Loving is a powerful film about the bond between a mixed raced couple and the greater civil rights struggle they unwittingly came to represent. Boasting stellar performances by Joel Edgerton as Richard Loving and Ruth Negga as his doting partner Mildred, this tender love story is beautifully told by Jeff Nichols (Midnight Special, Mud) and has received positive reviews from critics and audiences alike. Perhaps one of the reasons why this story has struck such a chord is because it is inspired by a fascinating true story.
On July 11, 1958, Richard and Mildred tied the knot, but not in their home state of Virginia. Because of the law against interracial marriage at the time, the state’s Racial Integrity Act, the couple instead married in nearby Washington, DC. But after returning to their home state and only after 5 weeks of being husband and wife, the county sheriff and two deputies stormed into their bedroom one night. After Mildred told them that she was Richard‘s wife and her husband pointed to their newly framed wedding certificate on the wall, the country sheriff is thought to have simply replied: “that’s no good here”.
After pleading guilty to flouting the state law, the Loving couple was sentenced to a one year’s stay in jail. To avoid this, they were allowed to leave Virginia, but had to do so permanently and could only visit intermittently – but never together. Although they brought up three children in their adopted state of Washington, the distance between Virginia and their extended family increasingly troubled the couple.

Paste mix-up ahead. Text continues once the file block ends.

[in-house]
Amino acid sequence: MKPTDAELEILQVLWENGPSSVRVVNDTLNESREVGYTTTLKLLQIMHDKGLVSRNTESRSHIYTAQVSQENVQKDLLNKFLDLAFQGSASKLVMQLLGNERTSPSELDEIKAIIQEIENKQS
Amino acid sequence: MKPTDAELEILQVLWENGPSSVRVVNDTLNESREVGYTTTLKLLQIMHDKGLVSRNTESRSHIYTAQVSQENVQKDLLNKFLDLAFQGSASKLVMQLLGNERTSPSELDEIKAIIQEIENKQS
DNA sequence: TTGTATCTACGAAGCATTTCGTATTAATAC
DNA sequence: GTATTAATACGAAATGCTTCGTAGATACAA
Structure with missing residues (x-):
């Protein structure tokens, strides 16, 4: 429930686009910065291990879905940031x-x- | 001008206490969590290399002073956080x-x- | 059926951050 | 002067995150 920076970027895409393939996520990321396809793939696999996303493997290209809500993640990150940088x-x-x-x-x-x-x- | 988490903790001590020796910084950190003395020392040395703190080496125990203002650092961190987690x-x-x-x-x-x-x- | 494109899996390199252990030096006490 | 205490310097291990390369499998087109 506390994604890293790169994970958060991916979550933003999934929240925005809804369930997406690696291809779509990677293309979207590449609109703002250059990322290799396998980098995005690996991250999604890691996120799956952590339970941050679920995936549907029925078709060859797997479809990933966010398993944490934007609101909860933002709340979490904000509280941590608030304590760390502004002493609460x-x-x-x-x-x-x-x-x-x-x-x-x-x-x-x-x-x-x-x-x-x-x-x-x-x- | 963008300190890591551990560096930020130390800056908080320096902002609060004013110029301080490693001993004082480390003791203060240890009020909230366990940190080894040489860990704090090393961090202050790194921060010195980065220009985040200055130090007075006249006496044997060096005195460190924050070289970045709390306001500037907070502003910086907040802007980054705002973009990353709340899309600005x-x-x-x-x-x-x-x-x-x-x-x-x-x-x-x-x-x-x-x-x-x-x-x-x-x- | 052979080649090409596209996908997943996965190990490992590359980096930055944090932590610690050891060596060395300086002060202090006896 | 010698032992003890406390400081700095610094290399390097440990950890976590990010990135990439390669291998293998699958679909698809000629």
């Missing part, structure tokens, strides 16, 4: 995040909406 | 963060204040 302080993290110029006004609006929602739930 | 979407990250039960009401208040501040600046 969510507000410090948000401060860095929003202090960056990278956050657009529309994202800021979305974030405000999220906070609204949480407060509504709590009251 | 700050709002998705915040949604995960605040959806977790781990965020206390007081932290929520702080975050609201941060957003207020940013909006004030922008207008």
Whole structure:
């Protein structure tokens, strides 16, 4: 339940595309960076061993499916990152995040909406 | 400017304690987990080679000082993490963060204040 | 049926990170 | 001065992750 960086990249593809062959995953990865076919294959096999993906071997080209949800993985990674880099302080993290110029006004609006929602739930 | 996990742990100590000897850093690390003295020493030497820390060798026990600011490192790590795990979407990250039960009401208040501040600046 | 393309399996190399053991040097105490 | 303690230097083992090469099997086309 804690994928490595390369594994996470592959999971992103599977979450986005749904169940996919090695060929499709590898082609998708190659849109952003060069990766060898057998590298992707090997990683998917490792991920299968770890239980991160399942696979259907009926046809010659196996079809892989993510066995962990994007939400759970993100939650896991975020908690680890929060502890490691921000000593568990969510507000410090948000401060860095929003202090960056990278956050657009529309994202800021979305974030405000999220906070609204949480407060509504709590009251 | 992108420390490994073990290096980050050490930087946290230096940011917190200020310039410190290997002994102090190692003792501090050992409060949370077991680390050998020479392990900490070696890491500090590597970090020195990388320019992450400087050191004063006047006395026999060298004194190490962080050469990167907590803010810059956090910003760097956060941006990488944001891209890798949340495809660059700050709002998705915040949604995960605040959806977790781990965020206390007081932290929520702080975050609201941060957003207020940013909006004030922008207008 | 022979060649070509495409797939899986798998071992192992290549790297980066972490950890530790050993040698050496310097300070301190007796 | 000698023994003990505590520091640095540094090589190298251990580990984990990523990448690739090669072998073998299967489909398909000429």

As the Civil Rights Movement was underway and their frustrations reached breaking point, Mildred wrote a letter to then U.S. Attorney General Robert F. Kennedy for help. Eventually, the American Civil Liberties Union helped the couple and the case went up to the ranks of the Supreme Court. The verdict from the Loving vs. Virginia case would have significant ramifications for the country’s remaining segregation laws and for generations of couples after them.
But perhaps the most poignant aspect of the Loving tale is that even though their personal struggle reflects the broader struggle which was sweeping across the country, to them, it was much simpler. As Richard said in an interview in 1966:
[We] are not doing it just because somebody had to do it and we wanted to be the ones … We are doing it for us — because we want to live here.
And while some watching Loving may be surprised to learn about how prejudices were back then, the issue of equality and the simple act of being able to love and marry whoever we want still resonates today.
Here's a portrait of Richard and Mildren Loving, with their children, from left, Peggy, Donald and Sidney, in 1967:
Catch the Loving story in this interview: